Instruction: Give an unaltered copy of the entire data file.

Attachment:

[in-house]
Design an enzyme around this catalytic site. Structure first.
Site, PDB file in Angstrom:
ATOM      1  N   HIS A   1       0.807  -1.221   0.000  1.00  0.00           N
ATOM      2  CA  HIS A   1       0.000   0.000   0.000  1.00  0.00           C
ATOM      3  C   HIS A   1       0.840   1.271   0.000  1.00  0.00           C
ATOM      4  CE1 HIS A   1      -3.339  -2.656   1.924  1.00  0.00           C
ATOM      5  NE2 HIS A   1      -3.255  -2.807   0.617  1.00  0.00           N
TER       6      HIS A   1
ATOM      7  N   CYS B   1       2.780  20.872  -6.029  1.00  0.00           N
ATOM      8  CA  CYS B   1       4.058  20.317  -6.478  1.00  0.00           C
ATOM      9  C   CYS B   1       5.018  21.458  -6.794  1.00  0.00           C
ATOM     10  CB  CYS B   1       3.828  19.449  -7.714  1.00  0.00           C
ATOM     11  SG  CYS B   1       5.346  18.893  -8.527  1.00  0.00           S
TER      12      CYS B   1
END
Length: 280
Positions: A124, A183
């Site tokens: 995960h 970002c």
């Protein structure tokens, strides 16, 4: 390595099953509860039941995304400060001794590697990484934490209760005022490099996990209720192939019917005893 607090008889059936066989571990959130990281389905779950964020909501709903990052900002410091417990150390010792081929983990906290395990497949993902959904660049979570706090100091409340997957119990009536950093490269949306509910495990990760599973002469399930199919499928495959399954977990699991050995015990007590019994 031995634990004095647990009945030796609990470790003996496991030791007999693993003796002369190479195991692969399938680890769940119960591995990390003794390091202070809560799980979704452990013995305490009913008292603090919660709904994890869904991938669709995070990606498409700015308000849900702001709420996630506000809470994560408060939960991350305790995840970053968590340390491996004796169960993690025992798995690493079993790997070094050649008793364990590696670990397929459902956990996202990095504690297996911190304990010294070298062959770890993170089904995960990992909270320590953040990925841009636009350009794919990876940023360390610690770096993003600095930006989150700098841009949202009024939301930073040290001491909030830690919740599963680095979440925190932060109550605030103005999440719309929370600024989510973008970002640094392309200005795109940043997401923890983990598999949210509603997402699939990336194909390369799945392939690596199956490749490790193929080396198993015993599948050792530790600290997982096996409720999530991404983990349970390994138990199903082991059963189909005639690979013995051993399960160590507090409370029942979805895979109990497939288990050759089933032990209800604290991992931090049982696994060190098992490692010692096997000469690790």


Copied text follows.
[in-house]
Design an enzyme around this catalytic site. Structure first.
Site, PDB file in Angstrom:
ATOM      1  N   HIS A   1       0.807  -1.221   0.000  1.00  0.00           N
ATOM      2  CA  HIS A   1       0.000   0.000   0.000  1.00  0.00           C
ATOM      3  C   HIS A   1       0.840   1.271   0.000  1.00  0.00           C
ATOM      4  CE1 HIS A   1      -3.339  -2.656   1.924  1.00  0.00           C
ATOM      5  NE2 HIS A   1      -3.255  -2.807   0.617  1.00  0.00           N
TER       6      HIS A   1
ATOM      7  N   CYS B   1       2.780  20.872  -6.029  1.00  0.00           N
ATOM      8  CA  CYS B   1       4.058  20.317  -6.478  1.00  0.00           C
ATOM      9  C   CYS B   1       5.018  21.458  -6.794  1.00  0.00           C
ATOM     10  CB  CYS B   1       3.828  19.449  -7.714  1.00  0.00           C
ATOM     11  SG  CYS B   1       5.346  18.893  -8.527  1.00  0.00           S
TER      12      CYS B   1
END
Length: 280
Positions: A124, A183
């Site tokens: 995960h 970002c």
């Protein structure tokens, strides 16, 4: 390595099953509860039941995304400060001794590697990484934490209760005022490099996990209720192939019917005893 607090008889059936066989571990959130990281389905779950964020909501709903990052900002410091417990150390010792081929983990906290395990497949993902959904660049979570706090100091409340997957119990009536950093490269949306509910495990990760599973002469399930199919499928495959399954977990699991050995015990007590019994 031995634990004095647990009945030796609990470790003996496991030791007999693993003796002369190479195991692969399938680890769940119960591995990390003794390091202070809560799980979704452990013995305490009913008292603090919660709904994890869904991938669709995070990606498409700015308000849900702001709420996630506000809470994560408060939960991350305790995840970053968590340390491996004796169960993690025992798995690493079993790997070094050649008793364990590696670990397929459902956990996202990095504690297996911190304990010294070298062959770890993170089904995960990992909270320590953040990925841009636009350009794919990876940023360390610690770096993003600095930006989150700098841009949202009024939301930073040290001491909030830690919740599963680095979440925190932060109550605030103005999440719309929370600024989510973008970002640094392309200005795109940043997401923890983990598999949210509603997402699939990336194909390369799945392939690596199956490749490790193929080396198993015993599948050792530790600290997982096996409720999530991404983990349970390994138990199903082991059963189909005639690979013995051993399960160590507090409370029942979805895979109990497939288990050759089933032990209800604290991992931090049982696994060190098992490692010692096997000469690790």